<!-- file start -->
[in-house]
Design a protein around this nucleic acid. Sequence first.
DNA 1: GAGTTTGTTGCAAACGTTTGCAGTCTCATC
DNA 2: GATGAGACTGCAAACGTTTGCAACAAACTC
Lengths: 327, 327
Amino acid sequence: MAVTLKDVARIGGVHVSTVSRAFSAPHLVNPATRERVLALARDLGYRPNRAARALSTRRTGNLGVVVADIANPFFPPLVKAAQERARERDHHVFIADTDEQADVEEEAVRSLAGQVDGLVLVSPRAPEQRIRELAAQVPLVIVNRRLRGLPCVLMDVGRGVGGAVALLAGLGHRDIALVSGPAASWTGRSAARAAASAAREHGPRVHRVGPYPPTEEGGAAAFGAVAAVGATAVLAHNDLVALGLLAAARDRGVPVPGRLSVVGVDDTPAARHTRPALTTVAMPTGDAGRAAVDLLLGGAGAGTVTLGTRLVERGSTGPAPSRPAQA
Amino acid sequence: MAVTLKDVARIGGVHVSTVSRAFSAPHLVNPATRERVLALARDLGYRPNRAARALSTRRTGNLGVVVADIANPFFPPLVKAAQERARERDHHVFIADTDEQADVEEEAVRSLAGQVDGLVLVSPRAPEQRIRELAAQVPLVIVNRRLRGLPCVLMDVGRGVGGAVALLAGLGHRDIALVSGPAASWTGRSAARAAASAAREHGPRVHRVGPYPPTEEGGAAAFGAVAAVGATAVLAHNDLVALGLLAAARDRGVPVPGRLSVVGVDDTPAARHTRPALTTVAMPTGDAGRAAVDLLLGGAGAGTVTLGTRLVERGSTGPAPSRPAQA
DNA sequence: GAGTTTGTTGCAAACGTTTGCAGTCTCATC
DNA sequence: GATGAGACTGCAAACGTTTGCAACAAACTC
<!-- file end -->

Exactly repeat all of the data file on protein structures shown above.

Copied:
[in-house]
Design a protein around this nucleic acid. Sequence first.
DNA 1: GAGTTTGTTGCAAACGTTTGCAGTCTCATC
DNA 2: GATGAGACTGCAAACGTTTGCAACAAACTC
Lengths: 327, 327
Amino acid sequence: MAVTLKDVARIGGVHVSTVSRAFSAPHLVNPATRERVLALARDLGYRPNRAARALSTRRTGNLGVVVADIANPFFPPLVKAAQERARERDHHVFIADTDEQADVEEEAVRSLAGQVDGLVLVSPRAPEQRIRELAAQVPLVIVNRRLRGLPCVLMDVGRGVGGAVALLAGLGHRDIALVSGPAASWTGRSAARAAASAAREHGPRVHRVGPYPPTEEGGAAAFGAVAAVGATAVLAHNDLVALGLLAAARDRGVPVPGRLSVVGVDDTPAARHTRPALTTVAMPTGDAGRAAVDLLLGGAGAGTVTLGTRLVERGSTGPAPSRPAQA
Amino acid sequence: MAVTLKDVARIGGVHVSTVSRAFSAPHLVNPATRERVLALARDLGYRPNRAARALSTRRTGNLGVVVADIANPFFPPLVKAAQERARERDHHVFIADTDEQADVEEEAVRSLAGQVDGLVLVSPRAPEQRIRELAAQVPLVIVNRRLRGLPCVLMDVGRGVGGAVALLAGLGHRDIALVSGPAASWTGRSAARAAASAAREHGPRVHRVGPYPPTEEGGAAAFGAVAAVGATAVLAHNDLVALGLLAAARDRGVPVPGRLSVVGVDDTPAARHTRPALTTVAMPTGDAGRAAVDLLLGGAGAGTVTLGTRLVERGSTGPAPSRPAQA
DNA sequence: GAGTTTGTTGCAAACGTTTGCAGTCTCATC
DNA sequence: GATGAGACTGCAAACGTTTGCAACAAACTC